The iPhone's popularity in Japan is cracking open an industry long thought inaccessible to outsiders.
For years, the typical Japanese cell phone – built to operate on a network hardly used anywhere else in the world – as been stuffed with quirky games and other applications that cater to finicky local tastes.
If you buy an iPhone on a deal from China Unicom, the official telecom carrier that offers iPhones in the Chinese market, then you cannot split that deal. But this is what scalpers have been doing and it has allowed iPhone users to end up with China Mobile, China Unicom's giant competitor.
The new restrictions took effect last Wednesday for new customers and will not affect existing customers.
The iPhone is hot in China and in Canada where Apple's share of the mobile market is around 12.4 percent. In France its mobile market share reaches 11.6 percent. In the UK Apple commands 10 percent of the market. In contrast, Apple's mobile market share in the US is just 6.5 percent.
In China, despite being on China Unicom, the nation's second-largest carrier with only 20 percent of the subscribers of leader China Mobile – there are now more than a million contract users of Apple's iPhone.
Despite assumptions that the iPhone would struggle to achieve a foothold in Japan, a country on the cutting edge of mobile technology, the iPhone has taken the land of the rising sun by storm.
Tokyo-based research firm MMRI is reporting that the iPhone remains as popular as ever in Japan, accounting for 60.1 percent of all smartphones sold from April through September 2010. In the broader mobile phone market, the iPhone accounts for an impressive 7 percent of the Japanese mobile phone market.
China Unicom wants to end rogue sales of its bundled iPhone 4 packages.
The company found online deals where consumers purchase iPhone 4 services and then sell off the parts - the phone and the two-year service subscription - separately for a profit.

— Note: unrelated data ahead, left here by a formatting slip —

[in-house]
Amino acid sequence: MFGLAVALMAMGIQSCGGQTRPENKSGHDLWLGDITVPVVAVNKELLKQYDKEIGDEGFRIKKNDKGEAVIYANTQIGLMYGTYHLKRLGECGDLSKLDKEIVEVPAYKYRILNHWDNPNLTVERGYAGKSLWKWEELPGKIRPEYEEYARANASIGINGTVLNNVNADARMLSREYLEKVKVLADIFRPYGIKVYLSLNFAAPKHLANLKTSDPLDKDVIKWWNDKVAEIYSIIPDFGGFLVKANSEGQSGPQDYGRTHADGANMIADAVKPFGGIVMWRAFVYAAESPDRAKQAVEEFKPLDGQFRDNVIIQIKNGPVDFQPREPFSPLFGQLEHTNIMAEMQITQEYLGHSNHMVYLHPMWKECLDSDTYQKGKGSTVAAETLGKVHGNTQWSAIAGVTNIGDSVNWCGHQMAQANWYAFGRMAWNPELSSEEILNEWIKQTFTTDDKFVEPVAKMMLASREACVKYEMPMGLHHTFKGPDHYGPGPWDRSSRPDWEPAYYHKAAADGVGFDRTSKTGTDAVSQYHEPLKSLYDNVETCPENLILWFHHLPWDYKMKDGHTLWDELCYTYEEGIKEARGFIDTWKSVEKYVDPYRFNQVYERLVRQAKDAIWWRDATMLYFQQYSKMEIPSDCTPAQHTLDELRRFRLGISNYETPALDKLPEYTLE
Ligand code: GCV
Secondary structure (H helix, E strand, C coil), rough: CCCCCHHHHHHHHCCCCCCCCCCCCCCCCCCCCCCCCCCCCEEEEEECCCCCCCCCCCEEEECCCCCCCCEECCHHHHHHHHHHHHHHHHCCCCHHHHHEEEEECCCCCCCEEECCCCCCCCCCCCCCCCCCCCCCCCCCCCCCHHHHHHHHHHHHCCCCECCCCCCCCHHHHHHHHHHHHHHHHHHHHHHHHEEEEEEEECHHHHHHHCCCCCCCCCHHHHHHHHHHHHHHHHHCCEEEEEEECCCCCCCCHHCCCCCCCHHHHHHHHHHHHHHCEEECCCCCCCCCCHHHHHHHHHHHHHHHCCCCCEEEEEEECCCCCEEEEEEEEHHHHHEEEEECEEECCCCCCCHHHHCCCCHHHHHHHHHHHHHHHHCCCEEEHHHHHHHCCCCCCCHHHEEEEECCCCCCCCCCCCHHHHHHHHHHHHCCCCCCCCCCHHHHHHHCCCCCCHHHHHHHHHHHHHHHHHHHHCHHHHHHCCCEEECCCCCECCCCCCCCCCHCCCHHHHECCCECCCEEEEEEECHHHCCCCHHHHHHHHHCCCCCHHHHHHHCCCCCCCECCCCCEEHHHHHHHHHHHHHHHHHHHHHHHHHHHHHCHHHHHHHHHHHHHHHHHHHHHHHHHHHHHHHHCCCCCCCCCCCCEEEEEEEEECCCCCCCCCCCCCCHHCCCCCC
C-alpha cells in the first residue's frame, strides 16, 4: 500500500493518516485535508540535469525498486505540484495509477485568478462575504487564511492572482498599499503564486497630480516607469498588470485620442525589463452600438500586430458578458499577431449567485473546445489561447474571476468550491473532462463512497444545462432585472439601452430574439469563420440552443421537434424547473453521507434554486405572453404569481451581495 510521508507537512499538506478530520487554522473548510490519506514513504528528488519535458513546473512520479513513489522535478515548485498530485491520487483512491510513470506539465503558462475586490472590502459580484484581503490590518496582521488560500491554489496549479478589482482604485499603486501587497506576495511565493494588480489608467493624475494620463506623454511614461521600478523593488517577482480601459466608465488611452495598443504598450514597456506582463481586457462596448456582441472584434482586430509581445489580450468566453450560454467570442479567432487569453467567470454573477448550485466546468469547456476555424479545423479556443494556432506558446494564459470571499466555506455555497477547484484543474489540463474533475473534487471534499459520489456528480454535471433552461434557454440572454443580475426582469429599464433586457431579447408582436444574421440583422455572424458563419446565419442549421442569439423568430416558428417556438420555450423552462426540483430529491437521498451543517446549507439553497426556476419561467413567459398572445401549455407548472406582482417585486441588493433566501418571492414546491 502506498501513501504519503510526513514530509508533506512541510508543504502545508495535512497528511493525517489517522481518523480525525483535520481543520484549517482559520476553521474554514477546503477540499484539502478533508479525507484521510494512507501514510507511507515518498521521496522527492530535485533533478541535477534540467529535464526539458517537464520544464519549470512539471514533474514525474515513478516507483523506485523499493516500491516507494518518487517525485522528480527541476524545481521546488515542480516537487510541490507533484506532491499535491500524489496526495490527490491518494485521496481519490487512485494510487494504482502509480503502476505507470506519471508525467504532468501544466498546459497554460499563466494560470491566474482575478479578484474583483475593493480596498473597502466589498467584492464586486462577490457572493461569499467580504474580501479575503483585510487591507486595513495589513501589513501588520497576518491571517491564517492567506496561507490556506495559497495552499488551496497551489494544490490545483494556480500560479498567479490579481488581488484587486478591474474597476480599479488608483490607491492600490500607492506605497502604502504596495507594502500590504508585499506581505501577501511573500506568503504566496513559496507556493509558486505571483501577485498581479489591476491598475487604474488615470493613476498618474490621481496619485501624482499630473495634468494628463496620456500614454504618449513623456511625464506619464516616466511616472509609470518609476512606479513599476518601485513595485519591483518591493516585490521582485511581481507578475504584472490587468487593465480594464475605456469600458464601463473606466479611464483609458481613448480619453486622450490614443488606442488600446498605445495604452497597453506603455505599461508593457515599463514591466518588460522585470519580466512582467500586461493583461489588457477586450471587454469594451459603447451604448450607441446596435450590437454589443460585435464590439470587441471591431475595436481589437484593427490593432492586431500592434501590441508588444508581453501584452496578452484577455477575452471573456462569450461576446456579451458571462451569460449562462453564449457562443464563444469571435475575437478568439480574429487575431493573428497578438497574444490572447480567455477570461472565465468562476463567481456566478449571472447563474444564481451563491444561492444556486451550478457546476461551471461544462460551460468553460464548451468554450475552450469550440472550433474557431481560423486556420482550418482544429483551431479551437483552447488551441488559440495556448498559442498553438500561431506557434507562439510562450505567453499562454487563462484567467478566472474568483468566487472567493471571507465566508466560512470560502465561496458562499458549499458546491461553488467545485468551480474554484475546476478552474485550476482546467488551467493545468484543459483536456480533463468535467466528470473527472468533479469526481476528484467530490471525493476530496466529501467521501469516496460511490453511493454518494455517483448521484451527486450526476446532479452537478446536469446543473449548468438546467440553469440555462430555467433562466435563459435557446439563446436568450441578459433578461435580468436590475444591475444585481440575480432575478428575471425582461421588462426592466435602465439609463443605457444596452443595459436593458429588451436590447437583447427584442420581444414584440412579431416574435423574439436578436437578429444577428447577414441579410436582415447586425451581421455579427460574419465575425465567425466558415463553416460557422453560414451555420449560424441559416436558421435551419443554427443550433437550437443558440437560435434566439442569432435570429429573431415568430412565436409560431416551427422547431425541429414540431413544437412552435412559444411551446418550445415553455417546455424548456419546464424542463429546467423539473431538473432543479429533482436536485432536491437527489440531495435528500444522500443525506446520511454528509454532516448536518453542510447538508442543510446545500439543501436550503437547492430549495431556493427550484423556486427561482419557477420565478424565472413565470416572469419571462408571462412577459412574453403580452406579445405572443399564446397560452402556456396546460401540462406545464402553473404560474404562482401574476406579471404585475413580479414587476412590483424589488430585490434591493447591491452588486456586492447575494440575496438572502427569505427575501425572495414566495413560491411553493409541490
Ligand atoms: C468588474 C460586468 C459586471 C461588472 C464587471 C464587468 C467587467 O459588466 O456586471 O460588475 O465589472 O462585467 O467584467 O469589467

The iPhone 4, offered at a reduced rate through China Unicom on a two-year mobile subscription contract, includes a monthly rebate from the company if call limits are met.
Lenovo in China is, apart from computers, one of the cellphone manufacturers. It has now released the Lenovo LePhone in the US. The LePhone is an unlocked GSM smartphone with a 1Gigahertz processor and an Active-matrix organic light-emitting diode display which is in feel, if not totally in appearance, practically a clone of Apple’s iPhone.
It runs with an Android operating system and has, by all reports, an astoundingly sharp screen. Memory can be expanded to 32GB and it has Bluetooth, WiFi and everything else.
The UK's first barcode scanner was launched by Tesco last week, enabling householders to scan any grocery item and add it to a home delivery order instantly.
The barcode reader, which has been added to the existing Tesco Groceries app available on the iPhone, is being targeted at busy parents and time-poor professionals who want to be able to add specific items to their online shopping basket at any time rather than browsing for groceries to add to their shopping lists in the traditional way.
Apple's handful of branded retail stores in China have become the busiest among its 317 shops worldwide, according to the maker of the iPod, iPhone and iPad.
More aggressive retail expansion for Apple in China is expected amid high domestic demand for its new smartphone and media-tablet products.
As Apple Inc. prepared to announce its fourth-quarter results, analysts were forecasting it would have sold another 5 million iPads and around 12m more of the iPhone 4 devices it released in June.
If the company's numbers are good, Apple, which was valued last week at USD274 billion, looks set to become the most valuable company in the world in terms of market capitalisation – surpassing current leader ExxonMobil.
Apple says it is now accepting pre-orders for iPhone 4s in China and limiting customers to one phone per purchase, a measure that could give regular consumers a way to beat scalpers who have been selling marked-up devices directly in front of Apple's retail stores in Shanghai and Beijing.
Customers in the world's largest mobile market must now try to place an order on the company's Chinese website using their identification number.